Wednesday, October 21, 2009

Currie Back on the Fundraising Circuit

Embattled Senate Budget and Taxation (B&T) Chairman Ulysses Currie (D-25) is raising money again. Is that good or bad for Democrats?

Senator Currie, who has headed the B&T Committee since 2002, has been one of the Democrats' most prolific fundraisers. He has collected $919,083.76 in contributions since 1999, third in the legislature behind Senate President Mike "Big Daddy" Miller ($2,568,861.98) and Speaker of the House Mike Busch ($1,673,431.22). But Currie's take slowed down dramatically last year after his home was raided by the FBI and revelations emerged concerning his relationship with Shoppers Food & Pharmacy. In 2008, Currie collected a mere $18,173.48 (not counting any proceeds of his legal defense fund) as he and his donors largely avoided each other. But Currie is back on the rubber-chicken trail, announcing a Greenbelt fundraiser featuring tables of ten for a cool $2,500 each.

The B&T Chair is an enormous financial boon for its holder because of its jurisdiction, which includes "legislation relating to State operating and capital budgets, including revenues, expenditures, and supplementary appropriations; legislative budgetary procedures; State and county bond authorizations; taxation and property assessments; education financing; and pension and retirement matters." Anyone lobbying a tax measure must go through the Chairman. That means not having a Chairman who can raise money is a lost opportunity for state Democrats.

Why? The reason is that Currie's money has been distributed far and wide. The Senator has contributed $212,092.19 to other candidates and PACs since 1999. The biggest recipients include the Community Coalition Advocacy Slate ($25,000) - a slate for Prince George's Senators - the 25th District Team ($10,800), the Democratic State Central Committee of Maryland ($5,250), Baltimore City Council Chairwoman Stephanie Rawlings-Blake ($5,000), Prince George's County Executive Jack Johnson ($4,000), Baltimore City Senator Lisa Gladden ($3,000), former Baltimore City Senator Ralph Hughes ($3,000) and Governor Martin O'Malley ($2,000). But the single largest recipient of Currie's money has been the Democratic Senatorial Committee Slate, to which Currie has contributed $155,000.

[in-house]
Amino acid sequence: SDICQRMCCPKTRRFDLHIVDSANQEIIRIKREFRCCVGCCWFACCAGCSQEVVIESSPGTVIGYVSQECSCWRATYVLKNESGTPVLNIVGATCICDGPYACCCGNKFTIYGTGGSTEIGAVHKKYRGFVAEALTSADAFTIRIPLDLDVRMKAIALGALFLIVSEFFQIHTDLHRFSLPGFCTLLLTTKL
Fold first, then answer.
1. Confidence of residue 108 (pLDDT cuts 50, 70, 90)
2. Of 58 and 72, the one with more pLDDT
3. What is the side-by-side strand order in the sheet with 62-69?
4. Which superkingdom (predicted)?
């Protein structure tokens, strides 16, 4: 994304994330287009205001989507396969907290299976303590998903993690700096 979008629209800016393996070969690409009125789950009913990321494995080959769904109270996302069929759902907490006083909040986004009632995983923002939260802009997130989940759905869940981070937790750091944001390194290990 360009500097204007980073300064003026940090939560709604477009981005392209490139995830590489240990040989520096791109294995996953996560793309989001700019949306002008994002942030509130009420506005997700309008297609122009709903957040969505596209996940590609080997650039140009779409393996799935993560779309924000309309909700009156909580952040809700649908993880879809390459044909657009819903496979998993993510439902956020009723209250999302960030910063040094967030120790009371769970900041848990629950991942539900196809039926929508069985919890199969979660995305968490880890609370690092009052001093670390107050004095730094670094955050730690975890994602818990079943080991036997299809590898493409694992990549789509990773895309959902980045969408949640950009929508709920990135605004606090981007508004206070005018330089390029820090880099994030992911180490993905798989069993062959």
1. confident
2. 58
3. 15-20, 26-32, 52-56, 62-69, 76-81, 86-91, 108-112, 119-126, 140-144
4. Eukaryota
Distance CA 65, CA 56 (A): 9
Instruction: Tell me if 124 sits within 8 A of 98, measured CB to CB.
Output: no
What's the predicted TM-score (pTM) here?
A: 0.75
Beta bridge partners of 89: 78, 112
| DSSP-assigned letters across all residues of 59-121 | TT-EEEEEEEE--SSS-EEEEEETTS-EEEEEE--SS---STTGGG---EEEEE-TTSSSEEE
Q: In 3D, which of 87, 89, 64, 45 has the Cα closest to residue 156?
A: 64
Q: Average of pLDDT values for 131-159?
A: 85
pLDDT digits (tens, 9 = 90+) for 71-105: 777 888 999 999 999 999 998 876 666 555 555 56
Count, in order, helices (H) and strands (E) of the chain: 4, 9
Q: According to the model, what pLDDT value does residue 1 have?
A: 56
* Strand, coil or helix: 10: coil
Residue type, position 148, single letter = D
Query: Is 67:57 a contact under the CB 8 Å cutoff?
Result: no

The latter slate is extremely important to Democratic Senators. It is controlled by the Senate leadership and is used to aid vulnerable incumbents, especially ones facing tough GOP challengers. It has spent $1.5 million since 1999 helping the Democrats. Among its biggest expenditures have been:

$302,248.92 on "printing and campaign materials" on 11/1/06.

$119,958.24 on "direct mailing by mail house" on 10/16/02.

$53,040.00 on "media (radio, T.V., newspaper, billboards)" on 10/25/06.

The fund also transfers large sums of money directly to Democratic candidates. Senate challenger Walter Shandrowsky received donations of $20,000 on 9/23/06 and $75,000 on 10/27/06 to help him against Bryan Simonaire in an Anne Arundel open seat race. (Simonaire still won.) Incumbent Kathy Klausmeier of Baltimore County received $45,000 on 11/1/06 to help her successfully turn back a Republican challenger. Many other Democratic candidates have received less than $10,000, often in the late stages of races.

Several Democratic Senators will face vigorous GOP challenges and more than one seat will open up next year. That means the need to leverage the B&T Chair to finance the Democratic Senatorial Committee Slate will be pressing indeed. But if Currie gets indicted and his money is spread to the slate - and thenceforth to other Democrats - will it be worth it? The Lords of Annapolis need to think long and hard about this.

Below is Currie's solicitation.